To A Willing Person, No Injury Is Done
It is one of the major defenses in the Law of Torts. As per this maxim, the person who himself voluntarily waived or abandoned his right cannot have any claim over it. It is a common law doctrine, which holds the person who voluntarily gives consent for any harm to suffer would not be liable to claim any damages for the same and this consent serves as a good defense against the plaintiff. In English law, this maxim presupposes a tortious act by the defendant. This defense makes it a requirement for the claimant to have agreed out of free consent. There should either be an expressed or an implied agreement between the two parties regarding the same. The claimant should also be made aware of the risks and its full knowledge and its extent.
It is often stated that the Claimant consents to the risk of harm, however, the defense of volenti is much more limited in its application and should not be confused with the defense of consent concerning trespass. The defense of volenti non fit injuria requires a freely entered and voluntary agreement by the Claimant, in full knowledge of the circumstances.
A, B, and C plan a trip to Goa on Câ€™s car. However, Câ€™s car has an issue with its brakes. In an accident, all the three sustain major injuries. In this case, if A and B knowing that the carâ€™s brakes do not work, still sit on the car, they cannot claim relief from C. This is because they have voluntarily consented for the trip knowing that the carâ€™s brake system does not work properly.
However, in the above illustration, if A and B were not aware of the conditions of brakes and then they sustained injuries sitting in it, they can claim damages from C because A and B did not give their consent to accept the risk of getting injured due to failure of brakes.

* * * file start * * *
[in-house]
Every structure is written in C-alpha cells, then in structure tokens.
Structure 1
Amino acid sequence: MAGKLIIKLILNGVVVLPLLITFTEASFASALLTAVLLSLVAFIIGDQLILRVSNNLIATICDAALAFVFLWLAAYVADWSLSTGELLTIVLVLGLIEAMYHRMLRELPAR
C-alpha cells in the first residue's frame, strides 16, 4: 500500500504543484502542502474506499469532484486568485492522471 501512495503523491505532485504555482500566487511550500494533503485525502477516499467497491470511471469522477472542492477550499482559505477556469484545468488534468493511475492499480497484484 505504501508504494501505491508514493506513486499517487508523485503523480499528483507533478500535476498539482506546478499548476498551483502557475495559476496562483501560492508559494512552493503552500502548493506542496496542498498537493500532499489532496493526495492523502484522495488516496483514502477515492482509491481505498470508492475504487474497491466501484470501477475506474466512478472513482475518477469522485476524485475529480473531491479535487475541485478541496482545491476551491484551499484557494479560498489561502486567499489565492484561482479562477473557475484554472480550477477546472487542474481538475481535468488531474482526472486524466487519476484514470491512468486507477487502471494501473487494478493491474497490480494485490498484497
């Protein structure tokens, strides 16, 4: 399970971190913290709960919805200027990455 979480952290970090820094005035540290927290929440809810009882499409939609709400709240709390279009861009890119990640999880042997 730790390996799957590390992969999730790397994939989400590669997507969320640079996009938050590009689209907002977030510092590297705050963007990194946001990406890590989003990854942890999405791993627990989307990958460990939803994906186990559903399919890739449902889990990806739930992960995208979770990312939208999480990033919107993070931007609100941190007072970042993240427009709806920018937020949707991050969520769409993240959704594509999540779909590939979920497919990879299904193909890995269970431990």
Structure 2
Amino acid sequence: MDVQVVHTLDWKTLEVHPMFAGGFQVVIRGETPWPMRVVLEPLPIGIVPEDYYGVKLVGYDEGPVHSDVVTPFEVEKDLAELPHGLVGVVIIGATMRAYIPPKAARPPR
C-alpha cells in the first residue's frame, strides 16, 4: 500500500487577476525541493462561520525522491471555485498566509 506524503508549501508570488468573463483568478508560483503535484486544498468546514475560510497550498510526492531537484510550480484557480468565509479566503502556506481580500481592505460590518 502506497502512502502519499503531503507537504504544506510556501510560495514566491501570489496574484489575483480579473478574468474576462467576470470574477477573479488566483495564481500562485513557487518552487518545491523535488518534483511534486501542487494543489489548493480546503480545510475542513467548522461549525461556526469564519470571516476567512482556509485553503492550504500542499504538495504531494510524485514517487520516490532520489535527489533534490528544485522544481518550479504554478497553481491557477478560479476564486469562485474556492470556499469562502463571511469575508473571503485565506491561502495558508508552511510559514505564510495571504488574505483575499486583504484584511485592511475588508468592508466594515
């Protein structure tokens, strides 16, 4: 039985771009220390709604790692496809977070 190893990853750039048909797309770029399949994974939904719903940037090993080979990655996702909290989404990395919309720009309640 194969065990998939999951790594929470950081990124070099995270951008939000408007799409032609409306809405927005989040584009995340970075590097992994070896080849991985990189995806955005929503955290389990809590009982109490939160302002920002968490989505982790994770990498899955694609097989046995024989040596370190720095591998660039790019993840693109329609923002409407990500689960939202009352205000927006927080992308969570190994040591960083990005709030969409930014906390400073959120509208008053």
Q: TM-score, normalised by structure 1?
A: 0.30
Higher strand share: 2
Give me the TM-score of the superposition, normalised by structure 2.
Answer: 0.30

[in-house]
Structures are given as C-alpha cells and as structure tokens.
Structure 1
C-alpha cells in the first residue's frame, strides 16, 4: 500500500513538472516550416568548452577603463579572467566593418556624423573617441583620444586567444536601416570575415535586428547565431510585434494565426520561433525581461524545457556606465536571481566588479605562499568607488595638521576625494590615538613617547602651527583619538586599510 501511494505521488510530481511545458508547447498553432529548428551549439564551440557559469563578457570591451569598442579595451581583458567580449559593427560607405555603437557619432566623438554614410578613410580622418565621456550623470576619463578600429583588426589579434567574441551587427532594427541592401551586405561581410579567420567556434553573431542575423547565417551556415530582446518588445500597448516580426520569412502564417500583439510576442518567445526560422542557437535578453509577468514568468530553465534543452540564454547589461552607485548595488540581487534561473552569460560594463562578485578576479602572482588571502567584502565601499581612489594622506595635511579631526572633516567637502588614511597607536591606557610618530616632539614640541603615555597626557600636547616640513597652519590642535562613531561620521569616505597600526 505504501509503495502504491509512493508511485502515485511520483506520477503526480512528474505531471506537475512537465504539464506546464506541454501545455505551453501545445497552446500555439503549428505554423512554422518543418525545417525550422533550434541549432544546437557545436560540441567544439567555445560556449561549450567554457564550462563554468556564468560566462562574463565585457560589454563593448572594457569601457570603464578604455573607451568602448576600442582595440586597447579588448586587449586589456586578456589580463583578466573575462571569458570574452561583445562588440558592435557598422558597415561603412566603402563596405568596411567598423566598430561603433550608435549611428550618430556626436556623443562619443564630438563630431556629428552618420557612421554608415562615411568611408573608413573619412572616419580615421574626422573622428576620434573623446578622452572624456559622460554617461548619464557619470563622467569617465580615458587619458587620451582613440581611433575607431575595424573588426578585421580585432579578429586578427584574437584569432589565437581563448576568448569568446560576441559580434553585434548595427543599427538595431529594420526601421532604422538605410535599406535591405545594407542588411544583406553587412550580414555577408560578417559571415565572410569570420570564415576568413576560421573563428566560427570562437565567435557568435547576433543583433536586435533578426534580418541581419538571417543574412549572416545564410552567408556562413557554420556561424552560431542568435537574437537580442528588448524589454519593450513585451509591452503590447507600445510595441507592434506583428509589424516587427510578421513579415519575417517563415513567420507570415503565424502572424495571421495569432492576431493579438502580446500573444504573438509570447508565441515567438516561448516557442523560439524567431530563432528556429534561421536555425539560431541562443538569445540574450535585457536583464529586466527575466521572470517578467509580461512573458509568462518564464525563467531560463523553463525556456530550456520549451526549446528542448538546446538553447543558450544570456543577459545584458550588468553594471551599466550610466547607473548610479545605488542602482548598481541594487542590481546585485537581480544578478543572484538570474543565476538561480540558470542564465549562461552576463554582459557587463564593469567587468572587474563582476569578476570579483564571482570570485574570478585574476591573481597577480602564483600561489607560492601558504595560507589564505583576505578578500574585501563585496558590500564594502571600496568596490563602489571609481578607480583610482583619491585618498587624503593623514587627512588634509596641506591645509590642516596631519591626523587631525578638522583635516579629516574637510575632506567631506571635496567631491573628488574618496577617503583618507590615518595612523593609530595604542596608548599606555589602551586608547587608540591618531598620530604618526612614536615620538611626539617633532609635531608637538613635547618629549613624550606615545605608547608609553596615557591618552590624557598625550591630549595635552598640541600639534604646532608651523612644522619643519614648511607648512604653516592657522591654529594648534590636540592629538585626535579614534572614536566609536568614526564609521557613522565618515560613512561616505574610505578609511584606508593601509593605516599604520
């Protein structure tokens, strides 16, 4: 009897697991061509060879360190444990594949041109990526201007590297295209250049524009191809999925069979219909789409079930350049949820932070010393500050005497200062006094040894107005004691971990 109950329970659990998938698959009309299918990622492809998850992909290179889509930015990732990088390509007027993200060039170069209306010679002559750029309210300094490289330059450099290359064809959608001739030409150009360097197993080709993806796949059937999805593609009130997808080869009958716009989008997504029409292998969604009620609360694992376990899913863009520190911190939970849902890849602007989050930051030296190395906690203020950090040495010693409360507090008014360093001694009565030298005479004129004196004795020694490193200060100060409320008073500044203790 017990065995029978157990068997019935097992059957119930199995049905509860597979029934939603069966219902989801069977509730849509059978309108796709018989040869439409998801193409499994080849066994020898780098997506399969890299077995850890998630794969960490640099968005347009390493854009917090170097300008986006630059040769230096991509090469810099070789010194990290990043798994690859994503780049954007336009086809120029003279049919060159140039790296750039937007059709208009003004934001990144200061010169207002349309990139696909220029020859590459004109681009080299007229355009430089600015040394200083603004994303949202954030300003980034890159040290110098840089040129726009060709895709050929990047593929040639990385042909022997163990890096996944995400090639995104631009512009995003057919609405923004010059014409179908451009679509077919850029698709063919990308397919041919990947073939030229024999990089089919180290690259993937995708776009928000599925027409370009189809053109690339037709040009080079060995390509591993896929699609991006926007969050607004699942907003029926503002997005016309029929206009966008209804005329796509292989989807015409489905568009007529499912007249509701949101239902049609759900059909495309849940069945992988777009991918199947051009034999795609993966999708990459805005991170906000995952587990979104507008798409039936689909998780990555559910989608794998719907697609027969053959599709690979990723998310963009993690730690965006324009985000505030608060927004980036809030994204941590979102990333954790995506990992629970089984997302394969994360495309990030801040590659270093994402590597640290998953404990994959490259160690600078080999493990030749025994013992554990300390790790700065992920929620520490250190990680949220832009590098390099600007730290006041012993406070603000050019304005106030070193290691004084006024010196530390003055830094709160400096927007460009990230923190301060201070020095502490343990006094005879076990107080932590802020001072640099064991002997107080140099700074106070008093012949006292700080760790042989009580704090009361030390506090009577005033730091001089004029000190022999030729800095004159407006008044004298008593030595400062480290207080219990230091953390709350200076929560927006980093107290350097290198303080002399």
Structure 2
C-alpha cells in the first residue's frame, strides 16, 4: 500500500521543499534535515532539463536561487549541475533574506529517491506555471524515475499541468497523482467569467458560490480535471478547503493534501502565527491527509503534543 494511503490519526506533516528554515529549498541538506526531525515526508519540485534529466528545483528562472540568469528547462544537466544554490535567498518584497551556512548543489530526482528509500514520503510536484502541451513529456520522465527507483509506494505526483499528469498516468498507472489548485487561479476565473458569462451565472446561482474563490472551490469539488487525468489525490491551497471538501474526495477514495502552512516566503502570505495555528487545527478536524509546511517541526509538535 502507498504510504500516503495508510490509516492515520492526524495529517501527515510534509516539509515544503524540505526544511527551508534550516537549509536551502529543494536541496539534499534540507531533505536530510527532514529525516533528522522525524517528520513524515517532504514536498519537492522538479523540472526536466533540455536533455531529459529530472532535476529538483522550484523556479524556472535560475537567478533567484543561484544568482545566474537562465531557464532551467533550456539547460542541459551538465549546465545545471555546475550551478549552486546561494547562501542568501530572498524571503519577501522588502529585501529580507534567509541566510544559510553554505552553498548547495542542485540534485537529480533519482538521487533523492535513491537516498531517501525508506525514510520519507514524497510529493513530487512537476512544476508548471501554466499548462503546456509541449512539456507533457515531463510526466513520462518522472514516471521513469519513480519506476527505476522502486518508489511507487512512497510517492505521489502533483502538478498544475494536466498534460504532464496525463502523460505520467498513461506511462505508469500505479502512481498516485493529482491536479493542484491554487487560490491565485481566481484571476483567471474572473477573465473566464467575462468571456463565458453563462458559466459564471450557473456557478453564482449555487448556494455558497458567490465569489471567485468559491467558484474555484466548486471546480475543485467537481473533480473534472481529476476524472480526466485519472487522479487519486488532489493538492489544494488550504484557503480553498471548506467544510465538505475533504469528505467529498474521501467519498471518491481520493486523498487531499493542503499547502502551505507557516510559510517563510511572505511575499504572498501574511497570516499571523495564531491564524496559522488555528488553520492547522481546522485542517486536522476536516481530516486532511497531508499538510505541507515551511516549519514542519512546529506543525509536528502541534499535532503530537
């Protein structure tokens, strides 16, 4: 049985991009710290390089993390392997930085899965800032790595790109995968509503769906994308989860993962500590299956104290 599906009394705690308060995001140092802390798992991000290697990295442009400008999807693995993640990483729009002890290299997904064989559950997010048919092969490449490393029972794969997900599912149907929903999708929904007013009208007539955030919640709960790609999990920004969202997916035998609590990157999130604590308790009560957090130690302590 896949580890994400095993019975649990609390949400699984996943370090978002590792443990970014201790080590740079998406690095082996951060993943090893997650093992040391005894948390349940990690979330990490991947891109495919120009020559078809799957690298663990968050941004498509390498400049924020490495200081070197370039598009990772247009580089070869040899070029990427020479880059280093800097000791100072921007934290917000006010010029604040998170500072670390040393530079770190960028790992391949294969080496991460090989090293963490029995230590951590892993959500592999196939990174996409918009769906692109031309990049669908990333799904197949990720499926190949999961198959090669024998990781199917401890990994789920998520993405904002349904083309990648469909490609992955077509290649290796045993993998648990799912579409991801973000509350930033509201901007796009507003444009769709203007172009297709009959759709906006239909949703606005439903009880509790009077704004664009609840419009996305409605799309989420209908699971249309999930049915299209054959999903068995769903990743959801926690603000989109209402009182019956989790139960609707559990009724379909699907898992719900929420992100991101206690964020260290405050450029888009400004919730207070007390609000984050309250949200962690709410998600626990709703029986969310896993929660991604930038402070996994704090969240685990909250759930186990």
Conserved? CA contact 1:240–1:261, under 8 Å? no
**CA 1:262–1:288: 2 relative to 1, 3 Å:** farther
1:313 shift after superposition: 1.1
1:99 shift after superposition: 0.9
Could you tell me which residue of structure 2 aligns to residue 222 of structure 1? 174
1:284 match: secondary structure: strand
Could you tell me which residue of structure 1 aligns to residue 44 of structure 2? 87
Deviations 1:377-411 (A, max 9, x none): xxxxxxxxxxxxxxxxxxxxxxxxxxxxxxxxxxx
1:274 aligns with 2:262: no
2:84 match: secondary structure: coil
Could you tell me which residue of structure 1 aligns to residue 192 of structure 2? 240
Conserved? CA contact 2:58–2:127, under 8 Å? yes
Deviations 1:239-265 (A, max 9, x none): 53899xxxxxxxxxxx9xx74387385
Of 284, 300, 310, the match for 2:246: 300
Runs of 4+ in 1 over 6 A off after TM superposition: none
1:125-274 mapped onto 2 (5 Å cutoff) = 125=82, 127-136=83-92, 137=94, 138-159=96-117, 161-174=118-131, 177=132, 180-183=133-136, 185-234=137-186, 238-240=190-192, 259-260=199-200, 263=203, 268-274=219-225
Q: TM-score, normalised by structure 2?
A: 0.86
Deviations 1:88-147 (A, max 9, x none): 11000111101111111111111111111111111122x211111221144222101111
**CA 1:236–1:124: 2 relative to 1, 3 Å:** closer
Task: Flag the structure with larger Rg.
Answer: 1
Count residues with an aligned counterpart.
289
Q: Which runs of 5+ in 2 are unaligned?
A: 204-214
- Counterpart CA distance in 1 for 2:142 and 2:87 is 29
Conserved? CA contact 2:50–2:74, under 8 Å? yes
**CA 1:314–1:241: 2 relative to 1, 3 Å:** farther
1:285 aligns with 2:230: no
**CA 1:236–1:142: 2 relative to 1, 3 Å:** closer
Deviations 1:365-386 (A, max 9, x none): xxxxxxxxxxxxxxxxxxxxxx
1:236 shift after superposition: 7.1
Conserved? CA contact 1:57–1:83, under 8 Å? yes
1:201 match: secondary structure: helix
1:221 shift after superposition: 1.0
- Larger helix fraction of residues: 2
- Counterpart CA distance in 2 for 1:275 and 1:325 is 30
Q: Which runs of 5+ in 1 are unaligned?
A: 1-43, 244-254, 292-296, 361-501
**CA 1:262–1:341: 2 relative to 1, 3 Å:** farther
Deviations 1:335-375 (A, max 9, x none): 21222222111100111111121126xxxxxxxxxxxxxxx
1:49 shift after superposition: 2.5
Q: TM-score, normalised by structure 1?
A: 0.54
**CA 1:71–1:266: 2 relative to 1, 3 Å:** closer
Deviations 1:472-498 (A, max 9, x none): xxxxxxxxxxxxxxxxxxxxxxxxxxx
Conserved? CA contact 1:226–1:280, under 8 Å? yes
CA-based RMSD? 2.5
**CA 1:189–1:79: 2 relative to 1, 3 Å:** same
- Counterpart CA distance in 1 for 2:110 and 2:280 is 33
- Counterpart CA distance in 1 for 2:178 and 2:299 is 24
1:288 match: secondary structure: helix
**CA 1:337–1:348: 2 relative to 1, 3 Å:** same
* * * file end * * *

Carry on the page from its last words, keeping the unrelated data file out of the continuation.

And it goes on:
In Ravindra Padmanabhan (Dr.) vs Lakshmi Rajan And Anr., the plaintiff had a tumor on her breasts and therefore she went to the hospital to have it removed. While operating her the doctor also removed the uterus even though it had nothing to do with the tumor. Thus, the National Consumer Disputes Redressal held the defendants liable and thus, the defense of volenti non fit injuria was rejected.
In Baker vs. T.E. Hopkins & son, due to the fault on the defendant, a well was filled with the poisonous fumes of the petrol-driven pump. Two of his workmen were to overcome by those fumes. Dr. Baker was called to save them, he was also told about the risk involved in the same. Even after that, he jumped into the well knowingly of the danger involved. But soon after he was driven out from there, although on the way to the hospital he died. The widow of Dr. Baker sued the workmanâ€™s employer for compensation. It was held that the defendant was liable for the compensation, as it was the rescue case. Even though he voluntarily agreed to take the risk, the plaintiff was liable to compensation.